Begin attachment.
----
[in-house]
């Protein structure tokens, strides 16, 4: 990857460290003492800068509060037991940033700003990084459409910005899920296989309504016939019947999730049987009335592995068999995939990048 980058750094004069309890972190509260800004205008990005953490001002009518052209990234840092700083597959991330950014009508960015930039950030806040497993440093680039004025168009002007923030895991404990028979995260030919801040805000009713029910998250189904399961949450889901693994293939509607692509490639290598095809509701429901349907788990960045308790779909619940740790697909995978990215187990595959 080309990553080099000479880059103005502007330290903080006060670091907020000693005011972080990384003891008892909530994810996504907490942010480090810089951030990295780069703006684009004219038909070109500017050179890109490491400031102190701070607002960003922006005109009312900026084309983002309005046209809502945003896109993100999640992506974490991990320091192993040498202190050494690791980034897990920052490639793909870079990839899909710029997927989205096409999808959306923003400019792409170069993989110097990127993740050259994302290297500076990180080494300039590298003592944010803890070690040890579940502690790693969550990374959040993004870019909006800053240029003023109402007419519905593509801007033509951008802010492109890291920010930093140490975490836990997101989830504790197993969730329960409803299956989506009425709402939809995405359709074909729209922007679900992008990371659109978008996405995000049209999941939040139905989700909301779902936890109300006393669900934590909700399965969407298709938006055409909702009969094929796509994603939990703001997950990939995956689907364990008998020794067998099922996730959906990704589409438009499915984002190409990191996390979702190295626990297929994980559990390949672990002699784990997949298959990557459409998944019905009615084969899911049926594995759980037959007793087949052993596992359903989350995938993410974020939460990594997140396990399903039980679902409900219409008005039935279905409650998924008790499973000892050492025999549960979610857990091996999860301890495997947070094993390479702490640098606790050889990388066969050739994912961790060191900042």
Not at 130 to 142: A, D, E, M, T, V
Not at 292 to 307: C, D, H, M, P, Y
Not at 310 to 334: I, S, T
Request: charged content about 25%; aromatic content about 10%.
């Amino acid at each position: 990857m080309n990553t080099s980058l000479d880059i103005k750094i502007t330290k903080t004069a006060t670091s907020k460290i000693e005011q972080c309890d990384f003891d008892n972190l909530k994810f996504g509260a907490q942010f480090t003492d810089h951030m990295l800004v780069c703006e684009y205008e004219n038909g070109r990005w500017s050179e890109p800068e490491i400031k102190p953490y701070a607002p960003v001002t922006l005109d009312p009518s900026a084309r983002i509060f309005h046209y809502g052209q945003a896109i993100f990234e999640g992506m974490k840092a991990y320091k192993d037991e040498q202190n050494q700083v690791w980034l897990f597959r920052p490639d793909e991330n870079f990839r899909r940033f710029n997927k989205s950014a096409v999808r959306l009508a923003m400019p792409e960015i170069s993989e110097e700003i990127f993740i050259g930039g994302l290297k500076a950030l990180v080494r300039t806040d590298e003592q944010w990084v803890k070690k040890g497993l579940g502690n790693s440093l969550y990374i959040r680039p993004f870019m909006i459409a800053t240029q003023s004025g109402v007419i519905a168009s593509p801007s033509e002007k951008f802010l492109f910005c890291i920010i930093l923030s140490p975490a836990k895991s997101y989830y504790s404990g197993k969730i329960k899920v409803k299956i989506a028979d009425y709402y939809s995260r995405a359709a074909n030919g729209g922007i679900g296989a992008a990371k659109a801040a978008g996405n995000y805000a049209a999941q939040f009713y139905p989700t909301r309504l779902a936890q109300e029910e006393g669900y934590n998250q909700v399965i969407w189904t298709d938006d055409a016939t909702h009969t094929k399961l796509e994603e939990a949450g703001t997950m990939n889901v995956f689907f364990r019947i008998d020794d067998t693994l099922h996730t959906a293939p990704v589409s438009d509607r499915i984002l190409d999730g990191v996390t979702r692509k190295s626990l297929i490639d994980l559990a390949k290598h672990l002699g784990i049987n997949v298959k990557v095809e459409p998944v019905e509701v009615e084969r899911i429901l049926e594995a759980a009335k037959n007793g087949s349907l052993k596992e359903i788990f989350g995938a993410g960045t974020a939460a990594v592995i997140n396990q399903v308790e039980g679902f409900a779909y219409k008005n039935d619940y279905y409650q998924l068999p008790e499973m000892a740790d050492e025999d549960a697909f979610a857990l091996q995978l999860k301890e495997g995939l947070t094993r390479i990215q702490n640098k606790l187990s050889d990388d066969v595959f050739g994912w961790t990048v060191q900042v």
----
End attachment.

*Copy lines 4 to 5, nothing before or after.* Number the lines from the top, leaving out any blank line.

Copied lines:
Not at 292 to 307: C, D, H, M, P, Y
Not at 310 to 334: I, S, T